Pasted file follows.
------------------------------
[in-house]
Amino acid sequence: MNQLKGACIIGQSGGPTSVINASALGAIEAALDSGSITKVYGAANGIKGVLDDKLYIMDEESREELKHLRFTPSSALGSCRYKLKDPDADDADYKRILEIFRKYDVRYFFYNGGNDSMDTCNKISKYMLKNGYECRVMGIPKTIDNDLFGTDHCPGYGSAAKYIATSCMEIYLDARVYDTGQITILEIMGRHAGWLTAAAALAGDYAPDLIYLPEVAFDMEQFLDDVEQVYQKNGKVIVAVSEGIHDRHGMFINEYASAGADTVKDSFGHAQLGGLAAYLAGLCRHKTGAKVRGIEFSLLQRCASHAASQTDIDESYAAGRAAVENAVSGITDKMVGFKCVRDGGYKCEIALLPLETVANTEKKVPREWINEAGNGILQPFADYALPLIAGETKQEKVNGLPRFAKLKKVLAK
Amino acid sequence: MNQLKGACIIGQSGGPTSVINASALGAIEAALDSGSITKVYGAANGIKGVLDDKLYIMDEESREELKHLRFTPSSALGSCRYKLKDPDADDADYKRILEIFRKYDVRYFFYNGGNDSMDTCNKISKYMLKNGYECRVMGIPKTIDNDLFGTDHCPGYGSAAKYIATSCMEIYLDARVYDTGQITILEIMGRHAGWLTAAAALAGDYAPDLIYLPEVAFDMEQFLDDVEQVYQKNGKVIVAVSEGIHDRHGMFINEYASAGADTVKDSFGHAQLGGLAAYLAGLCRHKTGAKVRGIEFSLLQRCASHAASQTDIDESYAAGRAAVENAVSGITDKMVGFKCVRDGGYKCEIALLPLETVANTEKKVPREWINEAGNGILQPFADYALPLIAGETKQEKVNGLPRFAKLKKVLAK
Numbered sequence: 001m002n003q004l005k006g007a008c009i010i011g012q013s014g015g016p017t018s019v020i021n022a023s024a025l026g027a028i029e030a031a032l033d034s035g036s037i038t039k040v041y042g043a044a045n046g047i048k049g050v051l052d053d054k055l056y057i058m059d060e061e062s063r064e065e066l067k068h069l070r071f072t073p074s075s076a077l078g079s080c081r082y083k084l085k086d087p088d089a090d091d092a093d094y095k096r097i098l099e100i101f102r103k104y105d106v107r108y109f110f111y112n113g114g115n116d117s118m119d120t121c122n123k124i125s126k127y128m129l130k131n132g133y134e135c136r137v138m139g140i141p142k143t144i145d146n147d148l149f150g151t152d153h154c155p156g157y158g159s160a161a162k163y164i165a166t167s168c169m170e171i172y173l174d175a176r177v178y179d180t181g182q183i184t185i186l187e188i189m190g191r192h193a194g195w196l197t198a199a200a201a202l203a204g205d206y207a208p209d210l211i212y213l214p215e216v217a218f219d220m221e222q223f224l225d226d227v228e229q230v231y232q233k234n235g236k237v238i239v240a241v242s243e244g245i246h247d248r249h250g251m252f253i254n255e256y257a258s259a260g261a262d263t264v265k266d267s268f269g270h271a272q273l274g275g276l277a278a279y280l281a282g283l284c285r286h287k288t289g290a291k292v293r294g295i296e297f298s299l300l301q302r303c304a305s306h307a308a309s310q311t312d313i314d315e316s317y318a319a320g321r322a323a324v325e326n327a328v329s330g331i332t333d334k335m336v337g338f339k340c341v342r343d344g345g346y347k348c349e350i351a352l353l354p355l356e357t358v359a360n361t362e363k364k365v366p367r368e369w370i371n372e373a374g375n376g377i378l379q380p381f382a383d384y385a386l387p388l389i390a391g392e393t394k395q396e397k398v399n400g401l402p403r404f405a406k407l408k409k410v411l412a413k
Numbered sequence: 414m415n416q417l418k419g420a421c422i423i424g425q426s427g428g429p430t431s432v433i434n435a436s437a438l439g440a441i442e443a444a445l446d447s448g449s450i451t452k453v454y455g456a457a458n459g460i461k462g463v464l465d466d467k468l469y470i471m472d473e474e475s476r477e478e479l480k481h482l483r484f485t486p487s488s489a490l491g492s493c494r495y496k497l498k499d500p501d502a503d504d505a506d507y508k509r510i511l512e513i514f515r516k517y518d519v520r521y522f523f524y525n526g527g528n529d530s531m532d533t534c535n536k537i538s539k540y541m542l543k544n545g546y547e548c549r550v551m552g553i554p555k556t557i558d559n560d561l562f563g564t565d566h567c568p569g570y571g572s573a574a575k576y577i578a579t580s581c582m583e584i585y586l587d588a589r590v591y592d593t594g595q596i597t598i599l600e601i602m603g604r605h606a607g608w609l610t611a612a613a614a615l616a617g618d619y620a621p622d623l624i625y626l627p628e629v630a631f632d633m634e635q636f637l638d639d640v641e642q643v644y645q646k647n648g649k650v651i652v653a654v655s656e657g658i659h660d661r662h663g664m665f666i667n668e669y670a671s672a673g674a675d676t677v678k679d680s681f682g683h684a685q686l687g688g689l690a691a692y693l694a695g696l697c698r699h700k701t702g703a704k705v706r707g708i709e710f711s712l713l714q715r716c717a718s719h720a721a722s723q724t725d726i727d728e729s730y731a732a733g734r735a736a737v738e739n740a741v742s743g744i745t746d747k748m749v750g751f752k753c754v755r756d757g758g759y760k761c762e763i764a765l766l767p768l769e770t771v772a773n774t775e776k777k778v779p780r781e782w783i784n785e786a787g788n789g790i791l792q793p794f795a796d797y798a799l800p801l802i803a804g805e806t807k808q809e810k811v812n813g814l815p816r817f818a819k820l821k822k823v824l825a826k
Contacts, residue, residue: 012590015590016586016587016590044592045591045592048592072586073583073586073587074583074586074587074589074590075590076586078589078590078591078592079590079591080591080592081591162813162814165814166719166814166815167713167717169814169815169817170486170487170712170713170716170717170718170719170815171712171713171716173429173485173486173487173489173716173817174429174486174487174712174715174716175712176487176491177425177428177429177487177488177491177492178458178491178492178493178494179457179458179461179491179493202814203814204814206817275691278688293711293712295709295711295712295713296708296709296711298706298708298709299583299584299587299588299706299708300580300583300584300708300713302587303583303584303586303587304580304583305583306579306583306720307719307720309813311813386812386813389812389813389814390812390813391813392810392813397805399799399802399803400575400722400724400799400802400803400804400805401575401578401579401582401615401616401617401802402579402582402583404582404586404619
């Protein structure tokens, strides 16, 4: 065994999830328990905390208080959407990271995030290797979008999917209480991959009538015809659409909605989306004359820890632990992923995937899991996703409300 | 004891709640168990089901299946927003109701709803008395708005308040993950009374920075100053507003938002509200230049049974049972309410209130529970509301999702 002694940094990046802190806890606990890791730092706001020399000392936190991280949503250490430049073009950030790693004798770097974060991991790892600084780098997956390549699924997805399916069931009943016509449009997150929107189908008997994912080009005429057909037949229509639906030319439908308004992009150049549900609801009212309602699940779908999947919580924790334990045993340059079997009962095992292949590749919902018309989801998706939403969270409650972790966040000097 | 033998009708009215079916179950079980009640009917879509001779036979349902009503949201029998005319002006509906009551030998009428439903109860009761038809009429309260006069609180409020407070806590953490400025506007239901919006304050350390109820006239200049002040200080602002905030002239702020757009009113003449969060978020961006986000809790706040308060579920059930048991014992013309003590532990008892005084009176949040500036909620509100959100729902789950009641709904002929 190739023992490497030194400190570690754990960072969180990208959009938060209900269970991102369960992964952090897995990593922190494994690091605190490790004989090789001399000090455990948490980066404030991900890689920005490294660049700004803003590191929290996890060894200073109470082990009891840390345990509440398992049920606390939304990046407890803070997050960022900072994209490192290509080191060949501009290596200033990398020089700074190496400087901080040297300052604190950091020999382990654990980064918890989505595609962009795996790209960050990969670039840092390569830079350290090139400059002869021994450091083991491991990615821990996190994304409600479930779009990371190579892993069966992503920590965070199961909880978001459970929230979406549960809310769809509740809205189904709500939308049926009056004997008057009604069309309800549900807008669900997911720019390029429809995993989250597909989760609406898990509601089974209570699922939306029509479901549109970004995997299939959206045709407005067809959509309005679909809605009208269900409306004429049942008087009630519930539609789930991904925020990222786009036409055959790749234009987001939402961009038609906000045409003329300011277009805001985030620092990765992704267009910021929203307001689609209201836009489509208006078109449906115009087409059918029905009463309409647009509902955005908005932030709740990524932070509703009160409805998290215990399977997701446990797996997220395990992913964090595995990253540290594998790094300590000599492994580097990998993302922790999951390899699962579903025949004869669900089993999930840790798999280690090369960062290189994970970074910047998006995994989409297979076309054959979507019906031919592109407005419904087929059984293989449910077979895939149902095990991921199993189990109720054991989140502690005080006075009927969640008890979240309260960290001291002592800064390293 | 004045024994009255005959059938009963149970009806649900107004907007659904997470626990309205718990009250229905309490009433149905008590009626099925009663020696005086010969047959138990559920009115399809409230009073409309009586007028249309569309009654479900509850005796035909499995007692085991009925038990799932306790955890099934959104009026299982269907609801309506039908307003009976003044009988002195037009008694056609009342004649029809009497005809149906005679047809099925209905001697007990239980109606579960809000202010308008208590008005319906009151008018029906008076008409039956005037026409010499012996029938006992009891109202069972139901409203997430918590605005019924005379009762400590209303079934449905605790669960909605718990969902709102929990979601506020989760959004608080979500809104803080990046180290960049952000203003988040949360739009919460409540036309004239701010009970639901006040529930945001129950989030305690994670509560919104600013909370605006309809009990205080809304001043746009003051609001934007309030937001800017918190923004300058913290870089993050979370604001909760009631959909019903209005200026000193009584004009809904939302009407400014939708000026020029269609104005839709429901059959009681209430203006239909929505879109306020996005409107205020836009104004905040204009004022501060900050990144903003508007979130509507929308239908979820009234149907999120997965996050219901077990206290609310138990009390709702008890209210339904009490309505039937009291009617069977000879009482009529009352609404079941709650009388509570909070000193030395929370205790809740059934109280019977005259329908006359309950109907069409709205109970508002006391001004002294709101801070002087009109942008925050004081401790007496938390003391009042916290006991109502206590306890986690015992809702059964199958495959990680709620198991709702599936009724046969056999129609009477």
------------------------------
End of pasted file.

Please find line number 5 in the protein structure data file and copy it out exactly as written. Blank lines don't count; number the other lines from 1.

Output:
Numbered sequence: 414m415n416q417l418k419g420a421c422i423i424g425q426s427g428g429p430t431s432v433i434n435a436s437a438l439g440a441i442e443a444a445l446d447s448g449s450i451t452k453v454y455g456a457a458n459g460i461k462g463v464l465d466d467k468l469y470i471m472d473e474e475s476r477e478e479l480k481h482l483r484f485t486p487s488s489a490l491g492s493c494r495y496k497l498k499d500p501d502a503d504d505a506d507y508k509r510i511l512e513i514f515r516k517y518d519v520r521y522f523f524y525n526g527g528n529d530s531m532d533t534c535n536k537i538s539k540y541m542l543k544n545g546y547e548c549r550v551m552g553i554p555k556t557i558d559n560d561l562f563g564t565d566h567c568p569g570y571g572s573a574a575k576y577i578a579t580s581c582m583e584i585y586l587d588a589r590v591y592d593t594g595q596i597t598i599l600e601i602m603g604r605h606a607g608w609l610t611a612a613a614a615l616a617g618d619y620a621p622d623l624i625y626l627p628e629v630a631f632d633m634e635q636f637l638d639d640v641e642q643v644y645q646k647n648g649k650v651i652v653a654v655s656e657g658i659h660d661r662h663g664m665f666i667n668e669y670a671s672a673g674a675d676t677v678k679d680s681f682g683h684a685q686l687g688g689l690a691a692y693l694a695g696l697c698r699h700k701t702g703a704k705v706r707g708i709e710f711s712l713l714q715r716c717a718s719h720a721a722s723q724t725d726i727d728e729s730y731a732a733g734r735a736a737v738e739n740a741v742s743g744i745t746d747k748m749v750g751f752k753c754v755r756d757g758g759y760k761c762e763i764a765l766l767p768l769e770t771v772a773n774t775e776k777k778v779p780r781e782w783i784n785e786a787g788n789g790i791l792q793p794f795a796d797y798a799l800p801l802i803a804g805e806t807k808q809e810k811v812n813g814l815p816r817f818a819k820l821k822k823v824l825a826k